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Asker
Posted over 1 year ago.

Landlord in Arizona files eviction against tenant. Tenant has potential counterclaims against landlord and landlord's managing agent. The managing agent of the property, however, is a true general partnership with its principal place of business in a different state (California), and has no statutory agent to serve in the state of Arizona. For the purpose of compulsory counterclaims (rule 13a), its my understanding that they would not have to be asserted at the time of the original action if its adjudication requires third parties of which the original court has no jurisdiction. As such, I'm trying to determine whether or not the general partnership being from another state would mean I don't have to file my counterclaims in the original action as compulsory counterclaims?

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Asker
Posted over 1 year ago.

The eviction was filed in lower court (justice court), and the claims I wish to file against the landlord and the managing agent-general partnership (of which is not a party to the original action) I'd like to file in a higher court (Superior Court).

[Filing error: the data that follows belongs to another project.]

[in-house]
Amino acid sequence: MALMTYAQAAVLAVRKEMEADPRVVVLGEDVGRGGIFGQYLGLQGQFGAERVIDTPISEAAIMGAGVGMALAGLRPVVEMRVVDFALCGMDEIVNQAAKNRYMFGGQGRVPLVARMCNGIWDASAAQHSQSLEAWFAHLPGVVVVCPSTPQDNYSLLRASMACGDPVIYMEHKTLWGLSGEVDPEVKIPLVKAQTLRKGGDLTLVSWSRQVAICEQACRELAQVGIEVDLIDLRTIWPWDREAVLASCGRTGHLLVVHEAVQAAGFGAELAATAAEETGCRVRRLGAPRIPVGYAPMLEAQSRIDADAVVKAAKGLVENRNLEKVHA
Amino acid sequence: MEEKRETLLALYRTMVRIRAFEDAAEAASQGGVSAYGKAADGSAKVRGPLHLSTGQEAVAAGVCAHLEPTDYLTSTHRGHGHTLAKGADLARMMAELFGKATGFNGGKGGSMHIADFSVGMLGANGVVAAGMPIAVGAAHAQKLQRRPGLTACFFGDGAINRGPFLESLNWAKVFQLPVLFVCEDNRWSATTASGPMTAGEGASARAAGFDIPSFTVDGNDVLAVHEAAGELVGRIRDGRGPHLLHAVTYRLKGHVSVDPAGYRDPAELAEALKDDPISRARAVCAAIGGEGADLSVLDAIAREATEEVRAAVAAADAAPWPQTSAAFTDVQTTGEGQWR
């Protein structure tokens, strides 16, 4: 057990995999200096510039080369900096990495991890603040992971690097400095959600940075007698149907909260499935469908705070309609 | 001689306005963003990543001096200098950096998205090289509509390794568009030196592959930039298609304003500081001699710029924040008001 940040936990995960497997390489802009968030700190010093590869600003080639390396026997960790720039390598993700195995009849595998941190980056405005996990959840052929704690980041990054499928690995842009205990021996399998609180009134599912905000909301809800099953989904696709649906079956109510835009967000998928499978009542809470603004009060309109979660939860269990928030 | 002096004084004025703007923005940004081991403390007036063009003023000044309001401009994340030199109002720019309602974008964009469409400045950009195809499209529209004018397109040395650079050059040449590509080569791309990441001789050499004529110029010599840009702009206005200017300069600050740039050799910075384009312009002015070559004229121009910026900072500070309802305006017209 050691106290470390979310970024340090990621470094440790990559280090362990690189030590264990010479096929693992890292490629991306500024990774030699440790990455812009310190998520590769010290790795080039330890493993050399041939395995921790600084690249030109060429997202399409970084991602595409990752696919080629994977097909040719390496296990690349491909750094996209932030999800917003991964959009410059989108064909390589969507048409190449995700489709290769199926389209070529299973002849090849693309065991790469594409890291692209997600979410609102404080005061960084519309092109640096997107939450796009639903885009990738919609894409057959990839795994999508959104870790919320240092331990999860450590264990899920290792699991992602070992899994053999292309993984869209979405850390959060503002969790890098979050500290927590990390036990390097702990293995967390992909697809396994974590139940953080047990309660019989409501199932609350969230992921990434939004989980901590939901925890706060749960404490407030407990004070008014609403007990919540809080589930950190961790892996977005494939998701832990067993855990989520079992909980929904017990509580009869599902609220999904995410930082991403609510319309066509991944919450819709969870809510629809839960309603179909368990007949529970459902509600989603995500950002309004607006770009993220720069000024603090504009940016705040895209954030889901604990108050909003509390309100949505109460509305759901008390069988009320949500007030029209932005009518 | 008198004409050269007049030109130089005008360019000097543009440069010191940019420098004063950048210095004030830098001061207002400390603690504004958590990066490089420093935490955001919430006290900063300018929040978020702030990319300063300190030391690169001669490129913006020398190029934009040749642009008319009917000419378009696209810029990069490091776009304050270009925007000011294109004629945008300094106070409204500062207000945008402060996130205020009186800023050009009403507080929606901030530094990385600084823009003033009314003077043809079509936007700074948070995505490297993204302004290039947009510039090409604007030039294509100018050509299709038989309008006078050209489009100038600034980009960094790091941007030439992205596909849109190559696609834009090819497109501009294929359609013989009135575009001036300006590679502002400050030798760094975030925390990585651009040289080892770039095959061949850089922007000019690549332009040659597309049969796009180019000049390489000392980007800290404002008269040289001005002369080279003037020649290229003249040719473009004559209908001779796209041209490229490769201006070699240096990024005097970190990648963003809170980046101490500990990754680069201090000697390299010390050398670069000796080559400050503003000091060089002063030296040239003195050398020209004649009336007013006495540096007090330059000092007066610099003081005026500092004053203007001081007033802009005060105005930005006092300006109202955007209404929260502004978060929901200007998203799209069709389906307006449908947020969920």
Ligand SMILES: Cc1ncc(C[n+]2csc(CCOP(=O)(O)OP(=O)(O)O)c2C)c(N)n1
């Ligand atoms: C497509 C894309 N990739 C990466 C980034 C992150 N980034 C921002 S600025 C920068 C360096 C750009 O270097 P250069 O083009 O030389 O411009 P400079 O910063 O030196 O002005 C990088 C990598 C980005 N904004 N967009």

Maxim Volsky
Maxim Volsky, Business Attorney - New York, NY
Posted over 1 year ago.

It sounds like your are representing yourself in this case. I suggest you consult with an Arizona attorney. You raise complex issues of jurisdiction, which are impossible to answer without a deep dive into the fact of the case. However, I would not assume that Arizona courts don't have jurisdiction over the CA entity. For example, courts can gain personal jurisdiction over companies registered in other states if such foreign companies have sufficient contacts with those states. If the management company does business in Arizona, that is probably enough to gain personal jurisdiction.

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Asker
Posted over 1 year ago.

Thank you, I greatly appreciate it. I will definitely need to consult with an AZ attorney on this. With regards to Rule 13(a) on compulsory counterclaims, when it says "unless the adjudication requires the presence or addition of third parties that the court cannot attain jurisdiction", does that rule generally refer to parties that literally need to be added to the lawsuit (as additional parties), or would that also include third party witnesses who have knowledge of the matter?